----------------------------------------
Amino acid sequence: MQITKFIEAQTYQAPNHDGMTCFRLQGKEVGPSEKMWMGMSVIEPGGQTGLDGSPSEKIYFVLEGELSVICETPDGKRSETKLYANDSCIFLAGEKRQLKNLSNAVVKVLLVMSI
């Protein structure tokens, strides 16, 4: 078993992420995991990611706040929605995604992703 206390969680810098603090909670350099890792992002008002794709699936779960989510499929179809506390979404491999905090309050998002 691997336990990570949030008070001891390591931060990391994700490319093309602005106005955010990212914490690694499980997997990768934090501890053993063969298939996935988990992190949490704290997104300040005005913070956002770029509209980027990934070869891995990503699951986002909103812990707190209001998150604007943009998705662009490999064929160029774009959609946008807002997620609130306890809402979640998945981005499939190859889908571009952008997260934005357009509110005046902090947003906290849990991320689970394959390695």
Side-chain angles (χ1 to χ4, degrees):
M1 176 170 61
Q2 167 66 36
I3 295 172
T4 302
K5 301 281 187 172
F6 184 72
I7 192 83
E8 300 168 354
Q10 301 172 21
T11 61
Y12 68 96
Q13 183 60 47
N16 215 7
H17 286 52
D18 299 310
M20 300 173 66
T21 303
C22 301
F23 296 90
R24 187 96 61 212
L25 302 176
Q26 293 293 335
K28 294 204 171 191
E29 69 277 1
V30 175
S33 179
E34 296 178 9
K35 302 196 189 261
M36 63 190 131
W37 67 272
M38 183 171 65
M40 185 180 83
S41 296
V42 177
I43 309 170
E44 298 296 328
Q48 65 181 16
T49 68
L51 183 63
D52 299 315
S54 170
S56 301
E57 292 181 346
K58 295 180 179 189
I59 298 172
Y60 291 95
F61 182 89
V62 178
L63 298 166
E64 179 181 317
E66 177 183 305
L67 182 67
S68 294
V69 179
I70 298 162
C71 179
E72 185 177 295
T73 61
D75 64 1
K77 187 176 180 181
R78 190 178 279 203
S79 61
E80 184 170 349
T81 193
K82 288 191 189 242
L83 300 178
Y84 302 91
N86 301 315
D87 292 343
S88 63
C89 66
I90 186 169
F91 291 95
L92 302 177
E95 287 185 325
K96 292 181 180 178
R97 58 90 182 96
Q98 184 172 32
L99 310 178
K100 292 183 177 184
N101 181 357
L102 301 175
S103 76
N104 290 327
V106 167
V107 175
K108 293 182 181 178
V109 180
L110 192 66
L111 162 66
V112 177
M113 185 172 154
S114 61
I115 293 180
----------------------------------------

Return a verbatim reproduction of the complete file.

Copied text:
Amino acid sequence: MQITKFIEAQTYQAPNHDGMTCFRLQGKEVGPSEKMWMGMSVIEPGGQTGLDGSPSEKIYFVLEGELSVICETPDGKRSETKLYANDSCIFLAGEKRQLKNLSNAVVKVLLVMSI
């Protein structure tokens, strides 16, 4: 078993992420995991990611706040929605995604992703 206390969680810098603090909670350099890792992002008002794709699936779960989510499929179809506390979404491999905090309050998002 691997336990990570949030008070001891390591931060990391994700490319093309602005106005955010990212914490690694499980997997990768934090501890053993063969298939996935988990992190949490704290997104300040005005913070956002770029509209980027990934070869891995990503699951986002909103812990707190209001998150604007943009998705662009490999064929160029774009959609946008807002997620609130306890809402979640998945981005499939190859889908571009952008997260934005357009509110005046902090947003906290849990991320689970394959390695």
Side-chain angles (χ1 to χ4, degrees):
M1 176 170 61
Q2 167 66 36
I3 295 172
T4 302
K5 301 281 187 172
F6 184 72
I7 192 83
E8 300 168 354
Q10 301 172 21
T11 61
Y12 68 96
Q13 183 60 47
N16 215 7
H17 286 52
D18 299 310
M20 300 173 66
T21 303
C22 301
F23 296 90
R24 187 96 61 212
L25 302 176
Q26 293 293 335
K28 294 204 171 191
E29 69 277 1
V30 175
S33 179
E34 296 178 9
K35 302 196 189 261
M36 63 190 131
W37 67 272
M38 183 171 65
M40 185 180 83
S41 296
V42 177
I43 309 170
E44 298 296 328
Q48 65 181 16
T49 68
L51 183 63
D52 299 315
S54 170
S56 301
E57 292 181 346
K58 295 180 179 189
I59 298 172
Y60 291 95
F61 182 89
V62 178
L63 298 166
E64 179 181 317
E66 177 183 305
L67 182 67
S68 294
V69 179
I70 298 162
C71 179
E72 185 177 295
T73 61
D75 64 1
K77 187 176 180 181
R78 190 178 279 203
S79 61
E80 184 170 349
T81 193
K82 288 191 189 242
L83 300 178
Y84 302 91
N86 301 315
D87 292 343
S88 63
C89 66
I90 186 169
F91 291 95
L92 302 177
E95 287 185 325
K96 292 181 180 178
R97 58 90 182 96
Q98 184 172 32
L99 310 178
K100 292 183 177 184
N101 181 357
L102 301 175
S103 76
N104 290 327
V106 167
V107 175
K108 293 182 181 178
V109 180
L110 192 66
L111 162 66
V112 177
M113 185 172 154
S114 61
I115 293 180